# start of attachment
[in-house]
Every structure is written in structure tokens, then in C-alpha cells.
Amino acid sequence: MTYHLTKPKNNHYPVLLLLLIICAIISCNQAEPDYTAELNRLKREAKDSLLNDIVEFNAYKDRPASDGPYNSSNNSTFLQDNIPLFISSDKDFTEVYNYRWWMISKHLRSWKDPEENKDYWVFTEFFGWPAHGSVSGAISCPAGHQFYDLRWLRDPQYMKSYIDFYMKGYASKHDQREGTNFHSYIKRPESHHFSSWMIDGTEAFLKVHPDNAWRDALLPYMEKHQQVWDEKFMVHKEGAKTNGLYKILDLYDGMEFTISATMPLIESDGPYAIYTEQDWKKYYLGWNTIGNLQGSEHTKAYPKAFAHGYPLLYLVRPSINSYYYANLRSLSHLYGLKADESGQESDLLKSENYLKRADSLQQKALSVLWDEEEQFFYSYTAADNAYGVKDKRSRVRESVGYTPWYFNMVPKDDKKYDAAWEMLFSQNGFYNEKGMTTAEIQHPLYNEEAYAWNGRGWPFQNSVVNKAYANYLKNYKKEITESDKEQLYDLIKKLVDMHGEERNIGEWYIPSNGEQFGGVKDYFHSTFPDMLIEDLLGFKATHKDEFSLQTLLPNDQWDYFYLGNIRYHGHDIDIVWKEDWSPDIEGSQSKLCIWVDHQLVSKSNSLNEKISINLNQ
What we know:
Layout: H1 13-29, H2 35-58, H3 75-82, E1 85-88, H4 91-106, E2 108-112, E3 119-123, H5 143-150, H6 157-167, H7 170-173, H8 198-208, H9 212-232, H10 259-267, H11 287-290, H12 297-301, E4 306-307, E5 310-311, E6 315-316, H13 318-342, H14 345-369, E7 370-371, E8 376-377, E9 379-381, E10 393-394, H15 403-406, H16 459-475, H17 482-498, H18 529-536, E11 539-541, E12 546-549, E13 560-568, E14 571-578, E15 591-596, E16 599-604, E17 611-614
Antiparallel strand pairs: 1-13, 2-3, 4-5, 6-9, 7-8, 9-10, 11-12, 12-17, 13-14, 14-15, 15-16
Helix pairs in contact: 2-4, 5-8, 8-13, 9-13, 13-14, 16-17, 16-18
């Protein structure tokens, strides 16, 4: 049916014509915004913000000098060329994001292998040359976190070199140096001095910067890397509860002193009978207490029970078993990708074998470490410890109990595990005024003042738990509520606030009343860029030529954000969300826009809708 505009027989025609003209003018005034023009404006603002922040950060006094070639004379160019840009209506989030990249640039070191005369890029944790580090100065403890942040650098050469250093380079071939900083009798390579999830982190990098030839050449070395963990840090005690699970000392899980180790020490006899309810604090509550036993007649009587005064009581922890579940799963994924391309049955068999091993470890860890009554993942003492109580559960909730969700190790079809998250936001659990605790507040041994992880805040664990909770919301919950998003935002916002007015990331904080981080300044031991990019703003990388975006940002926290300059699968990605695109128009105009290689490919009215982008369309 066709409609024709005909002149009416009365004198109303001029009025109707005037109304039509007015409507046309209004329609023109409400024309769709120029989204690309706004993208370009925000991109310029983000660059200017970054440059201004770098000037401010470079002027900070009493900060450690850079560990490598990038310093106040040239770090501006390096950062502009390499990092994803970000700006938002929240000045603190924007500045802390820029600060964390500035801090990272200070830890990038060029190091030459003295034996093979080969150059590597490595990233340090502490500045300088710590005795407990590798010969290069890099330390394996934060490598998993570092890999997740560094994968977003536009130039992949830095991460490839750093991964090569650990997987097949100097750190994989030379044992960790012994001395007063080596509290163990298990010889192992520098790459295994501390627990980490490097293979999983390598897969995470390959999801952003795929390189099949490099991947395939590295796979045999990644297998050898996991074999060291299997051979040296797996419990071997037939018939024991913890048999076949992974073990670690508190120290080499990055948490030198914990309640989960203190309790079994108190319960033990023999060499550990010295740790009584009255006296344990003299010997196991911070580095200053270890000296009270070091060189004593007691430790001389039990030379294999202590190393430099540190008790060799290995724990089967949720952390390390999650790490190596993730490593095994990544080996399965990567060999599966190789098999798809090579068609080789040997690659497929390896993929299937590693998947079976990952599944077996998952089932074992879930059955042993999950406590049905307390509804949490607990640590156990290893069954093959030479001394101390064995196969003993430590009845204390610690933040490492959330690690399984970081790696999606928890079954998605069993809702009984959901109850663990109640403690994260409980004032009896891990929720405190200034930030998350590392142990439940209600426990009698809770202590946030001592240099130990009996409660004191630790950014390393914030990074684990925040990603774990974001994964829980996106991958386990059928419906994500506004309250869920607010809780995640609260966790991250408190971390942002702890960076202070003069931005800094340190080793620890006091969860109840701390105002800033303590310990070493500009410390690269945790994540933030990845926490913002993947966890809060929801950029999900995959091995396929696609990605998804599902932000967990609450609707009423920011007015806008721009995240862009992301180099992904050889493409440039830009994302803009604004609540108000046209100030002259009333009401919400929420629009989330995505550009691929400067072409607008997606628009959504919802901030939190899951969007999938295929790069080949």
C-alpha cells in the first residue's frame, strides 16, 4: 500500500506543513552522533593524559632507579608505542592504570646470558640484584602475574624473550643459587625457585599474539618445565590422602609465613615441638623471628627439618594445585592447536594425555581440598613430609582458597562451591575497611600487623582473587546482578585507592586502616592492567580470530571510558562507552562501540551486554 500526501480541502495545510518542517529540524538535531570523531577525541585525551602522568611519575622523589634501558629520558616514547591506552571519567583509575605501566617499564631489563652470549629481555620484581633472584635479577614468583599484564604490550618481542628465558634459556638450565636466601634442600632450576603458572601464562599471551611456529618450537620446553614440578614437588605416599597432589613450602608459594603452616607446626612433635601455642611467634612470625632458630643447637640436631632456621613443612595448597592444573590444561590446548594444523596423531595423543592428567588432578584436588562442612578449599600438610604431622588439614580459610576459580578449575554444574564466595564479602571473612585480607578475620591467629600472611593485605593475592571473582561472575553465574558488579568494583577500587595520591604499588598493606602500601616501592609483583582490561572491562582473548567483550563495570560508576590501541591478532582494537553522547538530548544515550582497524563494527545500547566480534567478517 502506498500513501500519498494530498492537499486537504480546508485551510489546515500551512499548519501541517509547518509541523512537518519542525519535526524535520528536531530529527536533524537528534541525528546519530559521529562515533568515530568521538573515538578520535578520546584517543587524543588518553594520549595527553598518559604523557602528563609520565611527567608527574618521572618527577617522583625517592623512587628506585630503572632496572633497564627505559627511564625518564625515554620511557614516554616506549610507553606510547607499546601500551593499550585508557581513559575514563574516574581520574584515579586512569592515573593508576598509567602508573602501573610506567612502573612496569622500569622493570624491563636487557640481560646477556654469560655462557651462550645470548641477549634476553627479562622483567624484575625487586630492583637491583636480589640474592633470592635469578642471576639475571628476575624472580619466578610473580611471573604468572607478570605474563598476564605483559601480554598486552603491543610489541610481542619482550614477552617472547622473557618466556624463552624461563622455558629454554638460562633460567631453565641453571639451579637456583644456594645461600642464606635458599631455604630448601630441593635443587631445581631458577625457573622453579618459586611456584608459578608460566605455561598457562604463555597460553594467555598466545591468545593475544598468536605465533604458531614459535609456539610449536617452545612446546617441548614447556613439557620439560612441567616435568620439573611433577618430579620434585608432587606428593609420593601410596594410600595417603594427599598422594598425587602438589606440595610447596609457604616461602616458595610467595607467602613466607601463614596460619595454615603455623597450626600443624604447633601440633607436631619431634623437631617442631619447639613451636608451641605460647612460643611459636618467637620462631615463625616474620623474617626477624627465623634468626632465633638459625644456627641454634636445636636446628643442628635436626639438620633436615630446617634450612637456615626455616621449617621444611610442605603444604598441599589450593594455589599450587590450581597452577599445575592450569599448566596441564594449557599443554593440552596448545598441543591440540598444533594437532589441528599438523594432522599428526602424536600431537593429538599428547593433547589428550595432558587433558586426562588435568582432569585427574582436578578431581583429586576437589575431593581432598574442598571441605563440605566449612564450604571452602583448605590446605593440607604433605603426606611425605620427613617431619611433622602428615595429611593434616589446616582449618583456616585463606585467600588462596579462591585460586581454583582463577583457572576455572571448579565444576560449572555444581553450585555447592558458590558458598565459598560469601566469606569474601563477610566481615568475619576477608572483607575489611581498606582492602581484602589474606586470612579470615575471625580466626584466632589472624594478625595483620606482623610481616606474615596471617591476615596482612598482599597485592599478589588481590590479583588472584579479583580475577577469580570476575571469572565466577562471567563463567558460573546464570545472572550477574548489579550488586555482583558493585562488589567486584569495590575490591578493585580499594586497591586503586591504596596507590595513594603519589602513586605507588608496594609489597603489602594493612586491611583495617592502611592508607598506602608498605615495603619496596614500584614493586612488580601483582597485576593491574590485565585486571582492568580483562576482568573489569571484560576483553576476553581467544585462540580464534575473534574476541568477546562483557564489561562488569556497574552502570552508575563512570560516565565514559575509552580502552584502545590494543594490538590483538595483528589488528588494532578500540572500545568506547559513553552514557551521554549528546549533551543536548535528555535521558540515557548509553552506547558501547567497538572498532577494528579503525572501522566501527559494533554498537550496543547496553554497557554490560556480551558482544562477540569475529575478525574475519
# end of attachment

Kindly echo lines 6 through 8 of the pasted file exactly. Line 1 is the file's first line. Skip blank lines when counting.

Antiparallel strand pairs: 1-13, 2-3, 4-5, 6-9, 7-8, 9-10, 11-12, 12-17, 13-14, 14-15, 15-16
Helix pairs in contact: 2-4, 5-8, 8-13, 9-13, 13-14, 16-17, 16-18
């Protein structure tokens, strides 16, 4: 049916014509915004913000000098060329994001292998040359976190070199140096001095910067890397509860002193009978207490029970078993990708074998470490410890109990595990005024003042738990509520606030009343860029030529954000969300826009809708 505009027989025609003209003018005034023009404006603002922040950060006094070639004379160019840009209506989030990249640039070191005369890029944790580090100065403890942040650098050469250093380079071939900083009798390579999830982190990098030839050449070395963990840090005690699970000392899980180790020490006899309810604090509550036993007649009587005064009581922890579940799963994924391309049955068999091993470890860890009554993942003492109580559960909730969700190790079809998250936001659990605790507040041994992880805040664990909770919301919950998003935002916002007015990331904080981080300044031991990019703003990388975006940002926290300059699968990605695109128009105009290689490919009215982008369309 066709409609024709005909002149009416009365004198109303001029009025109707005037109304039509007015409507046309209004329609023109409400024309769709120029989204690309706004993208370009925000991109310029983000660059200017970054440059201004770098000037401010470079002027900070009493900060450690850079560990490598990038310093106040040239770090501006390096950062502009390499990092994803970000700006938002929240000045603190924007500045802390820029600060964390500035801090990272200070830890990038060029190091030459003295034996093979080969150059590597490595990233340090502490500045300088710590005795407990590798010969290069890099330390394996934060490598998993570092890999997740560094994968977003536009130039992949830095991460490839750093991964090569650990997987097949100097750190994989030379044992960790012994001395007063080596509290163990298990010889192992520098790459295994501390627990980490490097293979999983390598897969995470390959999801952003795929390189099949490099991947395939590295796979045999990644297998050898996991074999060291299997051979040296797996419990071997037939018939024991913890048999076949992974073990670690508190120290080499990055948490030198914990309640989960203190309790079994108190319960033990023999060499550990010295740790009584009255006296344990003299010997196991911070580095200053270890000296009270070091060189004593007691430790001389039990030379294999202590190393430099540190008790060799290995724990089967949720952390390390999650790490190596993730490593095994990544080996399965990567060999599966190789098999798809090579068609080789040997690659497929390896993929299937590693998947079976990952599944077996998952089932074992879930059955042993999950406590049905307390509804949490607990640590156990290893069954093959030479001394101390064995196969003993430590009845204390610690933040490492959330690690399984970081790696999606928890079954998605069993809702009984959901109850663990109640403690994260409980004032009896891990929720405190200034930030998350590392142990439940209600426990009698809770202590946030001592240099130990009996409660004191630790950014390393914030990074684990925040990603774990974001994964829980996106991958386990059928419906994500506004309250869920607010809780995640609260966790991250408190971390942002702890960076202070003069931005800094340190080793620890006091969860109840701390105002800033303590310990070493500009410390690269945790994540933030990845926490913002993947966890809060929801950029999900995959091995396929696609990605998804599902932000967990609450609707009423920011007015806008721009995240862009992301180099992904050889493409440039830009994302803009604004609540108000046209100030002259009333009401919400929420629009989330995505550009691929400067072409607008997606628009959504919802901030939190899951969007999938295929790069080949």